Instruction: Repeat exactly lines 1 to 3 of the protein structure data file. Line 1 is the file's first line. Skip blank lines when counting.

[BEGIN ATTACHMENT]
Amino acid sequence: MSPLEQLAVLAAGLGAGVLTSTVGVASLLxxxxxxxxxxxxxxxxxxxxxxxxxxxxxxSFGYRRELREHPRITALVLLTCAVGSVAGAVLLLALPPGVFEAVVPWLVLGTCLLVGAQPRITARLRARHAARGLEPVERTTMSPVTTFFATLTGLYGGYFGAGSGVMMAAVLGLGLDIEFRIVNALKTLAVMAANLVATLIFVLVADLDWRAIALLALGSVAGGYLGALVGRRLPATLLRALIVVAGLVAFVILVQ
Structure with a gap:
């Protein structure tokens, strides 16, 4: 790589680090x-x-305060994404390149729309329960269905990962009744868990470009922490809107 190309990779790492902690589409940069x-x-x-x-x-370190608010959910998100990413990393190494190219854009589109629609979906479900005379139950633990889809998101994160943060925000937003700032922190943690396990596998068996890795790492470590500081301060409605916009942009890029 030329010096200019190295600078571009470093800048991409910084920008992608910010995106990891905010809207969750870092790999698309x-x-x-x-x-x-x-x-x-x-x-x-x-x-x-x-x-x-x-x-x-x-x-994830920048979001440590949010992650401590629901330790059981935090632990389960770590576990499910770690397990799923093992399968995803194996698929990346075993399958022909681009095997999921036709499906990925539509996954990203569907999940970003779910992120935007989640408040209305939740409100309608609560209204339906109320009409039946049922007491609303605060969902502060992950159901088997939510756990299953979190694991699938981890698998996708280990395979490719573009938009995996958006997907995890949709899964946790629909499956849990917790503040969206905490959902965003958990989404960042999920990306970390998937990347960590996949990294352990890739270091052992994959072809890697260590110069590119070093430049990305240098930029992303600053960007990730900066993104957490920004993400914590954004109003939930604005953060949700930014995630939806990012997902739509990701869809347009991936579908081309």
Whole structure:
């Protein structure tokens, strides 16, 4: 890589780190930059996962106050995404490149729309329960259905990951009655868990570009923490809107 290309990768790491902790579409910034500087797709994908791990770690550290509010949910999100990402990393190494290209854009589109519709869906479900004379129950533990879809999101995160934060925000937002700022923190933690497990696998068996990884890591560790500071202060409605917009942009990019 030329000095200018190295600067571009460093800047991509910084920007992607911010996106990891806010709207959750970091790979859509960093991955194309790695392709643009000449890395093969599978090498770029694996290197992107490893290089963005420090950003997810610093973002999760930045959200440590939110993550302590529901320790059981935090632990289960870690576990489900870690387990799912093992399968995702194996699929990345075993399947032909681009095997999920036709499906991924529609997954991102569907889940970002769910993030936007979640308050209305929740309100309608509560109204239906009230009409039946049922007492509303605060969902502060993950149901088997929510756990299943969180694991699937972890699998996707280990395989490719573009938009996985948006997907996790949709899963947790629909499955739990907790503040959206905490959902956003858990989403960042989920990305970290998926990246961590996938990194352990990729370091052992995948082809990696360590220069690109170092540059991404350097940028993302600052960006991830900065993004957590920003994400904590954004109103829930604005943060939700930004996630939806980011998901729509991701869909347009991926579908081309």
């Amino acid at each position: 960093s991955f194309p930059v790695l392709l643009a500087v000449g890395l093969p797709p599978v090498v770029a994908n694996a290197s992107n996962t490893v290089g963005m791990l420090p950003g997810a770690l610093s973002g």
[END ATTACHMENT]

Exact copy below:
Amino acid sequence: MSPLEQLAVLAAGLGAGVLTSTVGVASLLxxxxxxxxxxxxxxxxxxxxxxxxxxxxxxSFGYRRELREHPRITALVLLTCAVGSVAGAVLLLALPPGVFEAVVPWLVLGTCLLVGAQPRITARLRARHAARGLEPVERTTMSPVTTFFATLTGLYGGYFGAGSGVMMAAVLGLGLDIEFRIVNALKTLAVMAANLVATLIFVLVADLDWRAIALLALGSVAGGYLGALVGRRLPATLLRALIVVAGLVAFVILVQ
Structure with a gap:
């Protein structure tokens, strides 16, 4: 790589680090x-x-305060994404390149729309329960269905990962009744868990470009922490809107 190309990779790492902690589409940069x-x-x-x-x-370190608010959910998100990413990393190494190219854009589109629609979906479900005379139950633990889809998101994160943060925000937003700032922190943690396990596998068996890795790492470590500081301060409605916009942009890029 030329010096200019190295600078571009470093800048991409910084920008992608910010995106990891905010809207969750870092790999698309x-x-x-x-x-x-x-x-x-x-x-x-x-x-x-x-x-x-x-x-x-x-x-994830920048979001440590949010992650401590629901330790059981935090632990389960770590576990499910770690397990799923093992399968995803194996698929990346075993399958022909681009095997999921036709499906990925539509996954990203569907999940970003779910992120935007989640408040209305939740409100309608609560209204339906109320009409039946049922007491609303605060969902502060992950159901088997939510756990299953979190694991699938981890698998996708280990395979490719573009938009995996958006997907995890949709899964946790629909499956849990917790503040969206905490959902965003958990989404960042999920990306970390998937990347960590996949990294352990890739270091052992994959072809890697260590110069590119070093430049990305240098930029992303600053960007990730900066993104957490920004993400914590954004109003939930604005953060949700930014995630939806990012997902739509990701869809347009991936579908081309």